Tuesday, December 29, 2015

The psychology of the Donatists


The Donatists were the descendants of Christians who had not compromised during Imperial persecutions.  The 'Great Persecution', the last Empire wide organised attack on Christianity and Christians took place under Emperor Diocletian. Diocletian was a solider who rose through the ranks to become Emperor after Carus in AD 284 died in battle. Apart from persecuting Christians he's known for securing the Imperial borders and stabilizing the Empire. In 303 he issued edicts ordering everyone everywhere to worship Roman gods. The intensity of the enforcement and subsequent persecution fluctuated, depending mainly on the malignancy of local officials. With the ascendency of Emperor Constantine, Imperial persecution faded and was officially extinguished with the Edict of Milan in 313. The effects of the last persecution with its offical demands of public pagan sacrifices were long lasting. The Donatists were Christians who resisted the Imperial edicts to give some sort of public repudiation of Christianity or provide a public act of fealty to the offical Roman gods. They maintained the purity of the church and fiercely resisted the reinstatement of church leaders who'd publicly betrayed the faith. Augustine devoted a lot of theological energy in the late 300's to the early 400's to making the case for the continuity of the Catholic church, arguing that the faithlessness of an individual did not invalidate the church's ecclesiology and sacraments. Eventually and ironically the Donatists were driven underground and into the North African mountains by force and completely disappeared with the Arian Vandal invasion of North Africa in the mid 400s.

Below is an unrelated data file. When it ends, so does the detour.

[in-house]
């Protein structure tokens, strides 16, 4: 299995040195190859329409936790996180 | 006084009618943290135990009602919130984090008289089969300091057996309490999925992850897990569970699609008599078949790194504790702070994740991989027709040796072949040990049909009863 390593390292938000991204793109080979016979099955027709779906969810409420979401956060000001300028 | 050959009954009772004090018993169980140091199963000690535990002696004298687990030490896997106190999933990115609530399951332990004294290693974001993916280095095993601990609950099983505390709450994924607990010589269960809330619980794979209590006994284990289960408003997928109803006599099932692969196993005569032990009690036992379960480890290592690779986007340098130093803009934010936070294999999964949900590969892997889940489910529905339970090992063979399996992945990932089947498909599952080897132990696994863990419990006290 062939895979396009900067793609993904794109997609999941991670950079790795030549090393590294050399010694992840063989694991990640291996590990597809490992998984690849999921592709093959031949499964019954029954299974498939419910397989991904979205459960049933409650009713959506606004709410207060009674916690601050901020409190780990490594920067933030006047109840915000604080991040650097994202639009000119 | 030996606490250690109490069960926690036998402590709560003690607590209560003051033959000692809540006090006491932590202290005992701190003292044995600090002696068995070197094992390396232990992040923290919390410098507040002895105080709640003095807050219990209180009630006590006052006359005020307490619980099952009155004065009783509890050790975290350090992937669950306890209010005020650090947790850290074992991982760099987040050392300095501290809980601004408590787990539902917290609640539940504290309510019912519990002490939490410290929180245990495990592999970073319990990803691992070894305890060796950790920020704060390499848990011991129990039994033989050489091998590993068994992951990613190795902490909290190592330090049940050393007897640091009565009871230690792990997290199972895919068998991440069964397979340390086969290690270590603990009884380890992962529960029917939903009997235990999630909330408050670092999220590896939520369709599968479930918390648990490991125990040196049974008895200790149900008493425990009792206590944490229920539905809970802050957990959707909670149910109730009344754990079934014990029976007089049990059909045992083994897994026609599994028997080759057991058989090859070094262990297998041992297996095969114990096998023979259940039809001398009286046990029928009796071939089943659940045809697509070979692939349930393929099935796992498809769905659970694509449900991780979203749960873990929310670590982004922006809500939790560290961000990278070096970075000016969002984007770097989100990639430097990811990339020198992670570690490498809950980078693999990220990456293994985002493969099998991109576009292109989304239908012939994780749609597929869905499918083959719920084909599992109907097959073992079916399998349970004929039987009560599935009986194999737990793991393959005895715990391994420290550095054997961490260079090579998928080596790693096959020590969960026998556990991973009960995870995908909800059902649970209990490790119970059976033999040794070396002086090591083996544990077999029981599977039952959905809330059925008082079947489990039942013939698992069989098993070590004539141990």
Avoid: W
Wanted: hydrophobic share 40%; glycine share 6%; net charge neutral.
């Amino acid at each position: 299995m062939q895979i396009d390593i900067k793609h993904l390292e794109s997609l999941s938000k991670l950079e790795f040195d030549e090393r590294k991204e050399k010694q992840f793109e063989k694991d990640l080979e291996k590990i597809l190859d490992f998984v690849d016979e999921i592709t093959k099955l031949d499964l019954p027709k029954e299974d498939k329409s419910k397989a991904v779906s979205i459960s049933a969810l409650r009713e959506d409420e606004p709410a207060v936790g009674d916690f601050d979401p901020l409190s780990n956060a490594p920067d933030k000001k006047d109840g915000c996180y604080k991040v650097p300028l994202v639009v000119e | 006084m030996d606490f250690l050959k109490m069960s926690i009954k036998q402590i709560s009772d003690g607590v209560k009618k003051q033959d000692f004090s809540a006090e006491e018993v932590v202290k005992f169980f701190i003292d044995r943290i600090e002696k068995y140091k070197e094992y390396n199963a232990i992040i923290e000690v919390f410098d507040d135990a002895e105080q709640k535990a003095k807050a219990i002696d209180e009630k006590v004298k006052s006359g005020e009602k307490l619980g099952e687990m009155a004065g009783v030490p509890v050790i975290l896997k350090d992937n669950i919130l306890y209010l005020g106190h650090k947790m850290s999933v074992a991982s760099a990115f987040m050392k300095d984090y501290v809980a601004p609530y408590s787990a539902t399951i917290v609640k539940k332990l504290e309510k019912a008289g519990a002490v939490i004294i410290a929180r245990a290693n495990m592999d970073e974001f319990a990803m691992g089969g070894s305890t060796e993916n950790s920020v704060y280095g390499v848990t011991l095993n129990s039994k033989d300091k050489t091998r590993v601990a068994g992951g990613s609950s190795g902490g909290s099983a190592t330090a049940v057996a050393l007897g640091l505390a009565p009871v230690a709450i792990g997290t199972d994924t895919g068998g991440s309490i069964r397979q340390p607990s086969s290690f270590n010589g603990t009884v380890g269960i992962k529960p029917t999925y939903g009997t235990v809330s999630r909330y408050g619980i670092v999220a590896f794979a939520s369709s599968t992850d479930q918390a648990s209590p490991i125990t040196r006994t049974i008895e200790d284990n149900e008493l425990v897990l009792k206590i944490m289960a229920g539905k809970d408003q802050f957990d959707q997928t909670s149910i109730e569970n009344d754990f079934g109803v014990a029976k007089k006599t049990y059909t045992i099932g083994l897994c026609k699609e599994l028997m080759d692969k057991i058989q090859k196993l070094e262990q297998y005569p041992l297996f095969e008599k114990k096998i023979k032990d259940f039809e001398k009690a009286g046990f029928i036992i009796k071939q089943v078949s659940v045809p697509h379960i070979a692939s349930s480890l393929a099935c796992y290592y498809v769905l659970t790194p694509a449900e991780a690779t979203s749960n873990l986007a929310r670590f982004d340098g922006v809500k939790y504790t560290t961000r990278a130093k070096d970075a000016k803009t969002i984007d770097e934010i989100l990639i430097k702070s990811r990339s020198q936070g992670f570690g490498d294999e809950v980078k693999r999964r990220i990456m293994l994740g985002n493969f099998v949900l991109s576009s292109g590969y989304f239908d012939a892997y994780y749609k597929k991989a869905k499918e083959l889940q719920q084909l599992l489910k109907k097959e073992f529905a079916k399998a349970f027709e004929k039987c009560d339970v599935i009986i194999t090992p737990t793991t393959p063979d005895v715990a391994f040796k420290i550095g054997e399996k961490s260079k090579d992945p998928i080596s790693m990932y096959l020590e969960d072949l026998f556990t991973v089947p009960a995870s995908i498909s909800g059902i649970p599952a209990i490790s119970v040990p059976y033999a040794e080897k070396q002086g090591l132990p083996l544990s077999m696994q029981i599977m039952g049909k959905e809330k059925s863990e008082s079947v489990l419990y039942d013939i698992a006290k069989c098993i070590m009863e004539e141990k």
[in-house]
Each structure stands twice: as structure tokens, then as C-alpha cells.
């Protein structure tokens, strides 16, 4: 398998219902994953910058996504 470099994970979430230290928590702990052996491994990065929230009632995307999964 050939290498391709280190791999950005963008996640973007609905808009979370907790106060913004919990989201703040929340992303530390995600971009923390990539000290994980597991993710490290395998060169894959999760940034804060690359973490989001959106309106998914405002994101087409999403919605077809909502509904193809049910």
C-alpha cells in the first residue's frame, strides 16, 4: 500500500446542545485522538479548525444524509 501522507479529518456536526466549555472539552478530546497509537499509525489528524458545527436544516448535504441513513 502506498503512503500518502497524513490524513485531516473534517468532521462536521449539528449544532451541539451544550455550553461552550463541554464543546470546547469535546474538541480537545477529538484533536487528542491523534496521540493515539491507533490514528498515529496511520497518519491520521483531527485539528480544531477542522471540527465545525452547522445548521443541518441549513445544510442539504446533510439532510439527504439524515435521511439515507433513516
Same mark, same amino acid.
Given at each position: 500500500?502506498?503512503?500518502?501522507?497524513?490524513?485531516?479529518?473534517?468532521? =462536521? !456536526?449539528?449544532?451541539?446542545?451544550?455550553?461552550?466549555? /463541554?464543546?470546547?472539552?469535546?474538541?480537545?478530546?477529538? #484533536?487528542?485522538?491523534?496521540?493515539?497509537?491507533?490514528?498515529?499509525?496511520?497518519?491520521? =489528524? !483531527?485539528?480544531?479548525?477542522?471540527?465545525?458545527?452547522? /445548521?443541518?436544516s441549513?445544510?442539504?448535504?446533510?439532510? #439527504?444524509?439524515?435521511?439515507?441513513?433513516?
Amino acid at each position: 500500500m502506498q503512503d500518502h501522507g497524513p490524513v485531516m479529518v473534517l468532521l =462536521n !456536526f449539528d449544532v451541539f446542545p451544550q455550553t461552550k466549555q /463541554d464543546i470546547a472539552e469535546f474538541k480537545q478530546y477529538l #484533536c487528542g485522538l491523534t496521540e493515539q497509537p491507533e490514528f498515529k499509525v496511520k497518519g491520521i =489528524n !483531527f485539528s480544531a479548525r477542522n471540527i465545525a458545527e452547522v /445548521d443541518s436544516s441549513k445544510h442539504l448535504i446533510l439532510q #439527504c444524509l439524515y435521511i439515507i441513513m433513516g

The Donatists were concerned with the purity of obedience and the delight of holiness, standing their ground against the hypocrisy of compromise. For example some Christians offered sacrifices to pagan gods with their fingers crossed behind their backs. If you're a persecuted minority, the emotive power of purity, of being morally superior to the surrounding majority, protects you against the corrosive power of the crowd. However the danger of the Donatists is legalism; obedience and longevity becomes more prized than grace. Donatism is also ultimately unenforceable because every infraction must be measured for its potential betrayal of the faith and it can also breed its own form of hypocrisy, were faithful activity masks a lack of internal spiritual change. Contemporary Christianity in the West, including my own denomination, is currently wrestling with the tempting psychology of Donatism.  Do you remain part of a corrupted Marriage Act or keep yourself pure? It's also a wider cultural question, at what point is my testimony that Jesus is the Messiah, the Son of God, corrupted by my participation in the world? How do we delight in and extend grace, while also keeping our hearts, hands and words in alignment? I wonder how our Middle Eastern and Chinese brothers and sisters square 1 Kings 5:17-19 with John 21:15-25?

['The Christian Martyrs' Last Prayer', by Jean-Léon Gérôme (1883)]

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